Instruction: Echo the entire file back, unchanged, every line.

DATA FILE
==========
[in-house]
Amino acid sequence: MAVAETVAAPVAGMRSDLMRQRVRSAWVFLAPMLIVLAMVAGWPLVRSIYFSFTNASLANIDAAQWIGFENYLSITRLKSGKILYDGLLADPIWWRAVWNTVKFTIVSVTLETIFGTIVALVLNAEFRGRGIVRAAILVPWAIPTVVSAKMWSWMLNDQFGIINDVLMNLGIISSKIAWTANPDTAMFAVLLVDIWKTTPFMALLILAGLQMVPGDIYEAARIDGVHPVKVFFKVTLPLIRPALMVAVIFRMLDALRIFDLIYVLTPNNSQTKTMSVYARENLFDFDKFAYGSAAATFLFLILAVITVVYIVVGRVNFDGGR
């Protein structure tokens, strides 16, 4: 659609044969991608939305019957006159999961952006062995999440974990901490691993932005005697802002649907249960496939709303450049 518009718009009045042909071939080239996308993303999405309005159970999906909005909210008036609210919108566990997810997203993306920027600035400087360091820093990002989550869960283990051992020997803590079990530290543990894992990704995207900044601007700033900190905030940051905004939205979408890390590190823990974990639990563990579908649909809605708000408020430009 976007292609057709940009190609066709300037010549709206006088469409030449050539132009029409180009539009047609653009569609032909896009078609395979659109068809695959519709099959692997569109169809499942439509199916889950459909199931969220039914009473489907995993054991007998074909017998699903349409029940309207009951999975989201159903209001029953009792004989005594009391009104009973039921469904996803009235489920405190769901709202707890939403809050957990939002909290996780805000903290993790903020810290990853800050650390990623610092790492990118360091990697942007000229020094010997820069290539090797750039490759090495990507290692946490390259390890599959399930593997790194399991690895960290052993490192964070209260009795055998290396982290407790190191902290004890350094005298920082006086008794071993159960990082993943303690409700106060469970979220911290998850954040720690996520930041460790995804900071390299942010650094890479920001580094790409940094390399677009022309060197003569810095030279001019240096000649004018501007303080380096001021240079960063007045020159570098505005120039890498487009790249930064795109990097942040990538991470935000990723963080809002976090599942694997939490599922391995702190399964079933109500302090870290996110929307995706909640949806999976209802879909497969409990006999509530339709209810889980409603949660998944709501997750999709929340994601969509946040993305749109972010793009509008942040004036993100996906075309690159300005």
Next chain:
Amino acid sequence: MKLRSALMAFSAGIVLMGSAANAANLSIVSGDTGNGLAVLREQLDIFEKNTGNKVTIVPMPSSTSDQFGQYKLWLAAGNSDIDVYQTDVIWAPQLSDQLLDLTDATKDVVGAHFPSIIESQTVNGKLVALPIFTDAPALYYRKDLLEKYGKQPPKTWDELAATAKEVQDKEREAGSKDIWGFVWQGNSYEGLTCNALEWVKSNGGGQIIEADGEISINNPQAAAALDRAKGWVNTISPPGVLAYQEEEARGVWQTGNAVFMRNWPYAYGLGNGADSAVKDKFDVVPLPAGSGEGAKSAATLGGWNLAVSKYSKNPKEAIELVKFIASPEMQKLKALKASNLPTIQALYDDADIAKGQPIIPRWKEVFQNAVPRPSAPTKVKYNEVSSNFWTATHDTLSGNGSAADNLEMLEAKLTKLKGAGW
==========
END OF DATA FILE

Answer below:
[in-house]
Amino acid sequence: MAVAETVAAPVAGMRSDLMRQRVRSAWVFLAPMLIVLAMVAGWPLVRSIYFSFTNASLANIDAAQWIGFENYLSITRLKSGKILYDGLLADPIWWRAVWNTVKFTIVSVTLETIFGTIVALVLNAEFRGRGIVRAAILVPWAIPTVVSAKMWSWMLNDQFGIINDVLMNLGIISSKIAWTANPDTAMFAVLLVDIWKTTPFMALLILAGLQMVPGDIYEAARIDGVHPVKVFFKVTLPLIRPALMVAVIFRMLDALRIFDLIYVLTPNNSQTKTMSVYARENLFDFDKFAYGSAAATFLFLILAVITVVYIVVGRVNFDGGR
């Protein structure tokens, strides 16, 4: 659609044969991608939305019957006159999961952006062995999440974990901490691993932005005697802002649907249960496939709303450049 518009718009009045042909071939080239996308993303999405309005159970999906909005909210008036609210919108566990997810997203993306920027600035400087360091820093990002989550869960283990051992020997803590079990530290543990894992990704995207900044601007700033900190905030940051905004939205979408890390590190823990974990639990563990579908649909809605708000408020430009 976007292609057709940009190609066709300037010549709206006088469409030449050539132009029409180009539009047609653009569609032909896009078609395979659109068809695959519709099959692997569109169809499942439509199916889950459909199931969220039914009473489907995993054991007998074909017998699903349409029940309207009951999975989201159903209001029953009792004989005594009391009104009973039921469904996803009235489920405190769901709202707890939403809050957990939002909290996780805000903290993790903020810290990853800050650390990623610092790492990118360091990697942007000229020094010997820069290539090797750039490759090495990507290692946490390259390890599959399930593997790194399991690895960290052993490192964070209260009795055998290396982290407790190191902290004890350094005298920082006086008794071993159960990082993943303690409700106060469970979220911290998850954040720690996520930041460790995804900071390299942010650094890479920001580094790409940094390399677009022309060197003569810095030279001019240096000649004018501007303080380096001021240079960063007045020159570098505005120039890498487009790249930064795109990097942040990538991470935000990723963080809002976090599942694997939490599922391995702190399964079933109500302090870290996110929307995706909640949806999976209802879909497969409990006999509530339709209810889980409603949660998944709501997750999709929340994601969509946040993305749109972010793009509008942040004036993100996906075309690159300005």
Next chain:
Amino acid sequence: MKLRSALMAFSAGIVLMGSAANAANLSIVSGDTGNGLAVLREQLDIFEKNTGNKVTIVPMPSSTSDQFGQYKLWLAAGNSDIDVYQTDVIWAPQLSDQLLDLTDATKDVVGAHFPSIIESQTVNGKLVALPIFTDAPALYYRKDLLEKYGKQPPKTWDELAATAKEVQDKEREAGSKDIWGFVWQGNSYEGLTCNALEWVKSNGGGQIIEADGEISINNPQAAAALDRAKGWVNTISPPGVLAYQEEEARGVWQTGNAVFMRNWPYAYGLGNGADSAVKDKFDVVPLPAGSGEGAKSAATLGGWNLAVSKYSKNPKEAIELVKFIASPEMQKLKALKASNLPTIQALYDDADIAKGQPIIPRWKEVFQNAVPRPSAPTKVKYNEVSSNFWTATHDTLSGNGSAADNLEMLEAKLTKLKGAGW